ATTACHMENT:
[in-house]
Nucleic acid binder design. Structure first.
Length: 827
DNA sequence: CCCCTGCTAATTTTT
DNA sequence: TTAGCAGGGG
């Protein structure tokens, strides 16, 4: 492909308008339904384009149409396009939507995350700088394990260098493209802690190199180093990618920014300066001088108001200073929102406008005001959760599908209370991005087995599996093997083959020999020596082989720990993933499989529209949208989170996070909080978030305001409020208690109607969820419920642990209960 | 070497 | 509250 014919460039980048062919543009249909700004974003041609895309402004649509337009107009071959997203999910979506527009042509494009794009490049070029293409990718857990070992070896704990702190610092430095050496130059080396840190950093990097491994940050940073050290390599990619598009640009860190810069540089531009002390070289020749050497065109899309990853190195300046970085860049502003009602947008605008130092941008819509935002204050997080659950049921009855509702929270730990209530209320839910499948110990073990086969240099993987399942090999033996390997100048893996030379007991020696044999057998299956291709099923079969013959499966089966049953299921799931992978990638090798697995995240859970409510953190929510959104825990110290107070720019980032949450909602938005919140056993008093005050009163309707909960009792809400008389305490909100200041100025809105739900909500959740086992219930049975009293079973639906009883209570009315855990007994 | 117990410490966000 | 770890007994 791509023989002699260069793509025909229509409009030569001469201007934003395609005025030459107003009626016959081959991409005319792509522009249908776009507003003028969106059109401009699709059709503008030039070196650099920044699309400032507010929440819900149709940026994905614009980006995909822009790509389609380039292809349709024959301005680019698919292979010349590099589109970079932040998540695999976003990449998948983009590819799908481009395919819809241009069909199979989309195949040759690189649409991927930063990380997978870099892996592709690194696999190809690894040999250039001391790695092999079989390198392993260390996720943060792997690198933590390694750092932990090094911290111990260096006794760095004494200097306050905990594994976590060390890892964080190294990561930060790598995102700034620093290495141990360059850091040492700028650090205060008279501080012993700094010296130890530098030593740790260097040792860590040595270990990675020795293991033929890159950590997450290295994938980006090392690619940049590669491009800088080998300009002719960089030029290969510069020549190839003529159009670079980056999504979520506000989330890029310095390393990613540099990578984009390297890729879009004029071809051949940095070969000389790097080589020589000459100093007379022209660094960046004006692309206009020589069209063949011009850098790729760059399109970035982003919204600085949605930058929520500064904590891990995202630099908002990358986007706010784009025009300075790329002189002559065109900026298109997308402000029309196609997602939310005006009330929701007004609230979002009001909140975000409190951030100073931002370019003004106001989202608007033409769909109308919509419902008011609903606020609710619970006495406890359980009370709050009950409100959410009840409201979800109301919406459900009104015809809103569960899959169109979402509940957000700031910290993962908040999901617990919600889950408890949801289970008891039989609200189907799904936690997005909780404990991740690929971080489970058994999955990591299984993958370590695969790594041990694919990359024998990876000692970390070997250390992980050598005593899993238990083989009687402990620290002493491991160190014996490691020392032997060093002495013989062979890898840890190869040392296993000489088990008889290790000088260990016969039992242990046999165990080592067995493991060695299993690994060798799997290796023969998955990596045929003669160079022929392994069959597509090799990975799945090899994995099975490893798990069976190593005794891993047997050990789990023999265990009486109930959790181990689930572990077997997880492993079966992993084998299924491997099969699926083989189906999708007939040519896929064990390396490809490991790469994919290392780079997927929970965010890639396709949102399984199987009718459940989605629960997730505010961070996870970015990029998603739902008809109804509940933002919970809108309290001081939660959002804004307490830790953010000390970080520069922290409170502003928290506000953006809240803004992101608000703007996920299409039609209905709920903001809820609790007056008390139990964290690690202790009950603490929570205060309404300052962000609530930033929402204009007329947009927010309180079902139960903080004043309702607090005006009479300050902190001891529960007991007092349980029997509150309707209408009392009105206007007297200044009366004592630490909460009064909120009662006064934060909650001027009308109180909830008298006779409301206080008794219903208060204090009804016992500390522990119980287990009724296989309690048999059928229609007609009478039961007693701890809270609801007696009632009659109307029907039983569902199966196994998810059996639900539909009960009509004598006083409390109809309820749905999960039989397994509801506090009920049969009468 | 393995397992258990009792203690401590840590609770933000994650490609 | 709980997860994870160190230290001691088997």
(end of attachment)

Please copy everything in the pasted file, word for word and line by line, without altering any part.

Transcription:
[in-house]
Nucleic acid binder design. Structure first.
Length: 827
DNA sequence: CCCCTGCTAATTTTT
DNA sequence: TTAGCAGGGG
């Protein structure tokens, strides 16, 4: 492909308008339904384009149409396009939507995350700088394990260098493209802690190199180093990618920014300066001088108001200073929102406008005001959760599908209370991005087995599996093997083959020999020596082989720990993933499989529209949208989170996070909080978030305001409020208690109607969820419920642990209960 | 070497 | 509250 014919460039980048062919543009249909700004974003041609895309402004649509337009107009071959997203999910979506527009042509494009794009490049070029293409990718857990070992070896704990702190610092430095050496130059080396840190950093990097491994940050940073050290390599990619598009640009860190810069540089531009002390070289020749050497065109899309990853190195300046970085860049502003009602947008605008130092941008819509935002204050997080659950049921009855509702929270730990209530209320839910499948110990073990086969240099993987399942090999033996390997100048893996030379007991020696044999057998299956291709099923079969013959499966089966049953299921799931992978990638090798697995995240859970409510953190929510959104825990110290107070720019980032949450909602938005919140056993008093005050009163309707909960009792809400008389305490909100200041100025809105739900909500959740086992219930049975009293079973639906009883209570009315855990007994 | 117990410490966000 | 770890007994 791509023989002699260069793509025909229509409009030569001469201007934003395609005025030459107003009626016959081959991409005319792509522009249908776009507003003028969106059109401009699709059709503008030039070196650099920044699309400032507010929440819900149709940026994905614009980006995909822009790509389609380039292809349709024959301005680019698919292979010349590099589109970079932040998540695999976003990449998948983009590819799908481009395919819809241009069909199979989309195949040759690189649409991927930063990380997978870099892996592709690194696999190809690894040999250039001391790695092999079989390198392993260390996720943060792997690198933590390694750092932990090094911290111990260096006794760095004494200097306050905990594994976590060390890892964080190294990561930060790598995102700034620093290495141990360059850091040492700028650090205060008279501080012993700094010296130890530098030593740790260097040792860590040595270990990675020795293991033929890159950590997450290295994938980006090392690619940049590669491009800088080998300009002719960089030029290969510069020549190839003529159009670079980056999504979520506000989330890029310095390393990613540099990578984009390297890729879009004029071809051949940095070969000389790097080589020589000459100093007379022209660094960046004006692309206009020589069209063949011009850098790729760059399109970035982003919204600085949605930058929520500064904590891990995202630099908002990358986007706010784009025009300075790329002189002559065109900026298109997308402000029309196609997602939310005006009330929701007004609230979002009001909140975000409190951030100073931002370019003004106001989202608007033409769909109308919509419902008011609903606020609710619970006495406890359980009370709050009950409100959410009840409201979800109301919406459900009104015809809103569960899959169109979402509940957000700031910290993962908040999901617990919600889950408890949801289970008891039989609200189907799904936690997005909780404990991740690929971080489970058994999955990591299984993958370590695969790594041990694919990359024998990876000692970390070997250390992980050598005593899993238990083989009687402990620290002493491991160190014996490691020392032997060093002495013989062979890898840890190869040392296993000489088990008889290790000088260990016969039992242990046999165990080592067995493991060695299993690994060798799997290796023969998955990596045929003669160079022929392994069959597509090799990975799945090899994995099975490893798990069976190593005794891993047997050990789990023999265990009486109930959790181990689930572990077997997880492993079966992993084998299924491997099969699926083989189906999708007939040519896929064990390396490809490991790469994919290392780079997927929970965010890639396709949102399984199987009718459940989605629960997730505010961070996870970015990029998603739902008809109804509940933002919970809108309290001081939660959002804004307490830790953010000390970080520069922290409170502003928290506000953006809240803004992101608000703007996920299409039609209905709920903001809820609790007056008390139990964290690690202790009950603490929570205060309404300052962000609530930033929402204009007329947009927010309180079902139960903080004043309702607090005006009479300050902190001891529960007991007092349980029997509150309707209408009392009105206007007297200044009366004592630490909460009064909120009662006064934060909650001027009308109180909830008298006779409301206080008794219903208060204090009804016992500390522990119980287990009724296989309690048999059928229609007609009478039961007693701890809270609801007696009632009659109307029907039983569902199966196994998810059996639900539909009960009509004598006083409390109809309820749905999960039989397994509801506090009920049969009468 | 393995397992258990009792203690401590840590609770933000994650490609 | 709980997860994870160190230290001691088997």